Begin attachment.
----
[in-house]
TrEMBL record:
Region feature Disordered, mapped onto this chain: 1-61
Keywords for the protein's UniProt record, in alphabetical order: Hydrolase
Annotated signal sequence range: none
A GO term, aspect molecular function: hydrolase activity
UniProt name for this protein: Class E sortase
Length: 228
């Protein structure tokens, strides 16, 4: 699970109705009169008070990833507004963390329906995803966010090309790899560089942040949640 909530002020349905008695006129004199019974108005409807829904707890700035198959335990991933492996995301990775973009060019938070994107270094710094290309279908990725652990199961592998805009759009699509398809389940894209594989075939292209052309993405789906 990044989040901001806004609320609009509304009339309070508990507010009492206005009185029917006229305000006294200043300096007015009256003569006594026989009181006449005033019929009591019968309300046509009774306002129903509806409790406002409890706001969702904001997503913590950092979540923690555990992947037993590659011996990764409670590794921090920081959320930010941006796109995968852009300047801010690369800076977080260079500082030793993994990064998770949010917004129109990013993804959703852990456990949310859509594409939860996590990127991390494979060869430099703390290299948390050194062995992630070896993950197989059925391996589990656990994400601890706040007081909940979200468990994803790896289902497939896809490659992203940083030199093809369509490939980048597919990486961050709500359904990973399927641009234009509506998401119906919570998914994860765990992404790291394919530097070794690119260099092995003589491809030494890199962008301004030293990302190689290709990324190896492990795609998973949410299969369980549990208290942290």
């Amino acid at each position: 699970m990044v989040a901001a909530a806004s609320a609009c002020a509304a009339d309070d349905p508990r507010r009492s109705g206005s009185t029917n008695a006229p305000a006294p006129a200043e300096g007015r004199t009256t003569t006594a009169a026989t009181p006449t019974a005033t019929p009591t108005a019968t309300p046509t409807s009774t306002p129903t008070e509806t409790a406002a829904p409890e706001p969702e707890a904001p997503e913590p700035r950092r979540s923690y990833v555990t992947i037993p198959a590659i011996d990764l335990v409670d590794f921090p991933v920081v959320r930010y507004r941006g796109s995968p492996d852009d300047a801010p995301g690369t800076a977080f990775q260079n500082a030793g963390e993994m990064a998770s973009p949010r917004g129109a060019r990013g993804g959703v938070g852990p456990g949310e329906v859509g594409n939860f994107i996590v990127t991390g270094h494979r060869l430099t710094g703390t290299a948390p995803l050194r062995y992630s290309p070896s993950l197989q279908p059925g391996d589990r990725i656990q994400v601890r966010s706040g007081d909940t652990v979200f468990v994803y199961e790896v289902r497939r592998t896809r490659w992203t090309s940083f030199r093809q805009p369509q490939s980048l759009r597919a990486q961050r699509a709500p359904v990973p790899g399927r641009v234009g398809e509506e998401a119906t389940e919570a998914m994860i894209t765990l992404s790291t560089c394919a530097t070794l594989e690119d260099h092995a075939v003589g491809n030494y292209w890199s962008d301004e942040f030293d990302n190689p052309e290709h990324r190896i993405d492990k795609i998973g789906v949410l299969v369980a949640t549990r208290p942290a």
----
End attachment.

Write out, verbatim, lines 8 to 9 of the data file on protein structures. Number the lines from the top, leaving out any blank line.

Length: 228
């Protein structure tokens, strides 16, 4: 699970109705009169008070990833507004963390329906995803966010090309790899560089942040949640 909530002020349905008695006129004199019974108005409807829904707890700035198959335990991933492996995301990775973009060019938070994107270094710094290309279908990725652990199961592998805009759009699509398809389940894209594989075939292209052309993405789906 990044989040901001806004609320609009509304009339309070508990507010009492206005009185029917006229305000006294200043300096007015009256003569006594026989009181006449005033019929009591019968309300046509009774306002129903509806409790406002409890706001969702904001997503913590950092979540923690555990992947037993590659011996990764409670590794921090920081959320930010941006796109995968852009300047801010690369800076977080260079500082030793993994990064998770949010917004129109990013993804959703852990456990949310859509594409939860996590990127991390494979060869430099703390290299948390050194062995992630070896993950197989059925391996589990656990994400601890706040007081909940979200468990994803790896289902497939896809490659992203940083030199093809369509490939980048597919990486961050709500359904990973399927641009234009509506998401119906919570998914994860765990992404790291394919530097070794690119260099092995003589491809030494890199962008301004030293990302190689290709990324190896492990795609998973949410299969369980549990208290942290």